LITERATURE AND ARTS IN LEFKADA
Literature and Art Festivals and the International Folklore Festival
Lefkada was the first in Greece to institute Literature and Arts Festivals, in 1955, and the International Folklore Festival in 1962. Ever since, these events have taken place without interruption, every August, to this day, drawing on the age-old traditions of the Ionian Islands. They were immediately taken to heart by the local population, became a magnet as a tourist attraction, and were imitated all over Greece. The Literature and Art Festivals, as the name suggests, offer a variety of events of scholarly and literary content, such as lectures, theatre performances and concerts. There have been numerous exceptional moments over the years in the history of these festivals, culminating in the unplanned appearance of Maria Callas in 1964, her last performance before a Greek public. Internationally acclaimed names of the social sciences, outstanding Greek writers, renowned musicians, actors and more have participated in these festivals and functions.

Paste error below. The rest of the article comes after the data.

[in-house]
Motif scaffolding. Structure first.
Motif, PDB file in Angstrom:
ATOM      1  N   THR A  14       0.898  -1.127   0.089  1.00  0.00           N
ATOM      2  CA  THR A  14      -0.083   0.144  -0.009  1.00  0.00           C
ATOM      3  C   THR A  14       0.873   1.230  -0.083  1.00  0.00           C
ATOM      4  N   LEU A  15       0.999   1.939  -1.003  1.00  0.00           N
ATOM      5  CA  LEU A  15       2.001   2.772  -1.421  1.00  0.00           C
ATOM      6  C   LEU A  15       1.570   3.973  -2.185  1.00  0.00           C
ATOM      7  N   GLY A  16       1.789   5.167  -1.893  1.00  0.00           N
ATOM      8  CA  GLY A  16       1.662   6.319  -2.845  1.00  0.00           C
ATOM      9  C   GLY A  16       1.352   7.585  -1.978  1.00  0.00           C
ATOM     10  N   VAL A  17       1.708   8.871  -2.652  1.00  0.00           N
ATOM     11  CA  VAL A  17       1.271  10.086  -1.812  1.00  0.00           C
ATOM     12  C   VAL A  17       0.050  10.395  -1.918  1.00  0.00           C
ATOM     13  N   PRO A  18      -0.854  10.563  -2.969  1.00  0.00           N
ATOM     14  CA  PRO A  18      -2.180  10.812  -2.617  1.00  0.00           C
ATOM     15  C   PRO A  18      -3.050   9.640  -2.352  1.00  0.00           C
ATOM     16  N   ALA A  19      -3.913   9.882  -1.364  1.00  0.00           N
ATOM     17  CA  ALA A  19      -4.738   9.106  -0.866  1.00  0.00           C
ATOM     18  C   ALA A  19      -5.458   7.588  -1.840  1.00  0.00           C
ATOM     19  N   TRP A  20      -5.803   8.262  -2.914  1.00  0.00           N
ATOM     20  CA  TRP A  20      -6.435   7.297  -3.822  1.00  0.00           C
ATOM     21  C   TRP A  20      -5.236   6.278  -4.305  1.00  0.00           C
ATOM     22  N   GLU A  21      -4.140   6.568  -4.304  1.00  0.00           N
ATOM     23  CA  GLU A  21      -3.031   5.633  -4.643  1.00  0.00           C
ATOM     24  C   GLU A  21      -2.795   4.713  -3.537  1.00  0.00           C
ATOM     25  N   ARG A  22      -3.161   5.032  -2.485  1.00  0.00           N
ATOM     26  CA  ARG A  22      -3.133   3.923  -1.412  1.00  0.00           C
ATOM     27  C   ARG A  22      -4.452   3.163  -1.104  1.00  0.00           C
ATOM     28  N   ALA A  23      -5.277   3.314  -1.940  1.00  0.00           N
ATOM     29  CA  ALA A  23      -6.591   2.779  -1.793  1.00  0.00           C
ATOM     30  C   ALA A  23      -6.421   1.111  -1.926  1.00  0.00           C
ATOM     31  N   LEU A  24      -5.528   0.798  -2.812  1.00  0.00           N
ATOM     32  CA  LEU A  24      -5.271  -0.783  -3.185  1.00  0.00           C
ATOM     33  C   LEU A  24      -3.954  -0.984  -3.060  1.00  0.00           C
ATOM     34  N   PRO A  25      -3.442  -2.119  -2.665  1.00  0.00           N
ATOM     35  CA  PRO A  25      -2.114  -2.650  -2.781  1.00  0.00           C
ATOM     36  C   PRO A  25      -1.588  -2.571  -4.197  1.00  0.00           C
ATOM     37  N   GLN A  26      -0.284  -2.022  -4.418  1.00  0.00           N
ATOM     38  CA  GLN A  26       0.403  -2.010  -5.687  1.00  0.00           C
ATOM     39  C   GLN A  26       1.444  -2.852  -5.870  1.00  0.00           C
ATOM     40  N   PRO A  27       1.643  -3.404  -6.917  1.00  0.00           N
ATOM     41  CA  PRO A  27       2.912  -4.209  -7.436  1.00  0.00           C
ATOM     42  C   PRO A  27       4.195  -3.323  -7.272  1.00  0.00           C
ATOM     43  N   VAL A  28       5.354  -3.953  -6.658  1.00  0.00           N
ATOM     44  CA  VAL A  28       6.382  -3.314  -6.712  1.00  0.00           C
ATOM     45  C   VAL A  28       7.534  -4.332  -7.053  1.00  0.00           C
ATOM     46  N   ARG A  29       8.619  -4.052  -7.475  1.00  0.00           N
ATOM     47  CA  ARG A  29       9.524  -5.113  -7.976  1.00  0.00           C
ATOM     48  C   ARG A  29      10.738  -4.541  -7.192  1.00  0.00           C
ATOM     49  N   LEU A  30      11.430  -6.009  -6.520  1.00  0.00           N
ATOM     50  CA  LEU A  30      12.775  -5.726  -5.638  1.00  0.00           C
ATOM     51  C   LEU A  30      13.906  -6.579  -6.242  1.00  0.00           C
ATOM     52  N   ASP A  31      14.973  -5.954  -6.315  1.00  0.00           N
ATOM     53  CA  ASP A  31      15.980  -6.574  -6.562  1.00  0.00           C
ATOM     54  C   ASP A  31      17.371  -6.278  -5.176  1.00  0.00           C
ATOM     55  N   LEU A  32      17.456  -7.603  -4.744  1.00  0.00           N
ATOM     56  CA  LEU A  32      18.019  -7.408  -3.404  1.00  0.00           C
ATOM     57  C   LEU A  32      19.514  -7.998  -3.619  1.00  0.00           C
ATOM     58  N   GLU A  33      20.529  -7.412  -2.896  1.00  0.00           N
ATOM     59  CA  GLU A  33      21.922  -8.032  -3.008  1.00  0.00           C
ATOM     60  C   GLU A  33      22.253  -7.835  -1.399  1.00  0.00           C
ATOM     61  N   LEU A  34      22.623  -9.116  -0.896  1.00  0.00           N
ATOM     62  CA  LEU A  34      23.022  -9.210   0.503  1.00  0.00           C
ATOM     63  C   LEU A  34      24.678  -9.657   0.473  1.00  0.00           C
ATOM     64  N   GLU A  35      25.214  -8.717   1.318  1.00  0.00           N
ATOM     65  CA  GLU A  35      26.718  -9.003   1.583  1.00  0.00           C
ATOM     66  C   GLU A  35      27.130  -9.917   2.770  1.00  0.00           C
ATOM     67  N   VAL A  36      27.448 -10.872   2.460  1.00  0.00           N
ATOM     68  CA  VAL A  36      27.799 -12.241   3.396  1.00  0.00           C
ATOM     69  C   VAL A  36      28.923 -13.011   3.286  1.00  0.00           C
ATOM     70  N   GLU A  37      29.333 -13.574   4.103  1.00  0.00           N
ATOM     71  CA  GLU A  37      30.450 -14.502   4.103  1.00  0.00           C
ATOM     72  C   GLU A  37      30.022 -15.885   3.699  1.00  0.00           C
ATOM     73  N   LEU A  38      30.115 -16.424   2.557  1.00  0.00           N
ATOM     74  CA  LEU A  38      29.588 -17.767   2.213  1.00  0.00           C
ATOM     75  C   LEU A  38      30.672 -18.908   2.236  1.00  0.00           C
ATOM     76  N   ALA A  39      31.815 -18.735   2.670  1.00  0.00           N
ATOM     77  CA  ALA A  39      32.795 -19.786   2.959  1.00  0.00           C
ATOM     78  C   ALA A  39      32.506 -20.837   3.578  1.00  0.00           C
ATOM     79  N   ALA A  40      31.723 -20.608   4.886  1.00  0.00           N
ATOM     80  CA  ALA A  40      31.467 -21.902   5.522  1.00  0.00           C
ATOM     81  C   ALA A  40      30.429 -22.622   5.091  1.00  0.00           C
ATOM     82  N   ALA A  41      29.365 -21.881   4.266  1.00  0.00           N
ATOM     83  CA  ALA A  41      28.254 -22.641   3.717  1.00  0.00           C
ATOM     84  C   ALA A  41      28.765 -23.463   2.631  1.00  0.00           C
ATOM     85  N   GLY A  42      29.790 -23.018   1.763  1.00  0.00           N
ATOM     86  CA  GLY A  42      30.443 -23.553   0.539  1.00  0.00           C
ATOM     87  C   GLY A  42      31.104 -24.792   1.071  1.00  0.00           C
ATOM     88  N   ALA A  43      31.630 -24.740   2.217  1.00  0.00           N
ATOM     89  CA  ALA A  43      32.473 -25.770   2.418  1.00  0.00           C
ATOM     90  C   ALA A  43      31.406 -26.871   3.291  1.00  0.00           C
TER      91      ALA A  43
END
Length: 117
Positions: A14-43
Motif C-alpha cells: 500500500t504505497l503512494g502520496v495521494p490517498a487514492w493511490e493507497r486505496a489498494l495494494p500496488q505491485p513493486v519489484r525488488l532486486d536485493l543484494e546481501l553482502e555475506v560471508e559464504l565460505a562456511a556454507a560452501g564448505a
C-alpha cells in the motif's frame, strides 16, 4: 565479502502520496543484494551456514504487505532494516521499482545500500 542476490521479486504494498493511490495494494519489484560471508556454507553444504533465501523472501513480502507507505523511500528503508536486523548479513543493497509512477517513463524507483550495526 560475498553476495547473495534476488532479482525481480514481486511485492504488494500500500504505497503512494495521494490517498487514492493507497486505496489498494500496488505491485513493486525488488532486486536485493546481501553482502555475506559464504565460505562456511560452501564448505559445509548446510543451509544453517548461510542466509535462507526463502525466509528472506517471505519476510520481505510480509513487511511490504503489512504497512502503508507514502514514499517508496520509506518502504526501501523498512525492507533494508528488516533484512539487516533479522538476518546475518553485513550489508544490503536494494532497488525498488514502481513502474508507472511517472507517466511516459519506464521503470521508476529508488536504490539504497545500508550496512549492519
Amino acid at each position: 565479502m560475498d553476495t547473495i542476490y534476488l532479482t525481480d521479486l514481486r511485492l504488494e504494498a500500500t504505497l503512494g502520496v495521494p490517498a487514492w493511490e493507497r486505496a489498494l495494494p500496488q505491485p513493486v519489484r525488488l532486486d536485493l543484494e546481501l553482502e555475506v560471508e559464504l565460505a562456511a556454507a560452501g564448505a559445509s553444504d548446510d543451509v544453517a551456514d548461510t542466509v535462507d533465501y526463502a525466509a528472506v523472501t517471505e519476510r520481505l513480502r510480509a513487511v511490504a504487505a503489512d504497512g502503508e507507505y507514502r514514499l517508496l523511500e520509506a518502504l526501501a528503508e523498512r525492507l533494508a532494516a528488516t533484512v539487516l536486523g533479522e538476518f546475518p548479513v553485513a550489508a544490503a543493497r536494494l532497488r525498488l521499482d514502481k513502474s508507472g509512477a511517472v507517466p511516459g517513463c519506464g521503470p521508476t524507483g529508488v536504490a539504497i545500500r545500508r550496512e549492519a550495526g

During the Folklore Festival, the town’s streets are filled with dancers from countries the world over , in their national costumes, dancing and singing around the main square, waving flags and banners. In fact, the entire island is infused with the enthusiasm created by colourful national costumes, the variety of the music and the cheerfulness of dance groups from near or far.
These are days when it’s fun to be in Lefkada town, certainly on the first Sunday of the Folklore Festival. On this joyous Sunday, there is a reception of the leaders of the groups in the Municipal Cultural Centre, followed by a gathering of all the participants at the monastery of Faneromeni, where there is a prayer - officiated by the Metropolitan Bishop – for peace and amity among nations. Early in the afternoon, these colourful and buzzing groups of dancers, usually accompanied by their musicians playing traditional music of their country, make their way down to the town and parade along the central Agora, cheered by the locals and visitors, who contribute in a variety of joyous ways (cheering, applauding, throwing confetti, streamers) and finally end up at the seashore. Then, all together (including locals and tourists), a cheerful round of ‘Syrto’ is danced, which has been designated as the Dance for Peace and Fraternity among Peoples. Then, for an entire week, performances are given in the open-air theatre at Vardania on the edge of town.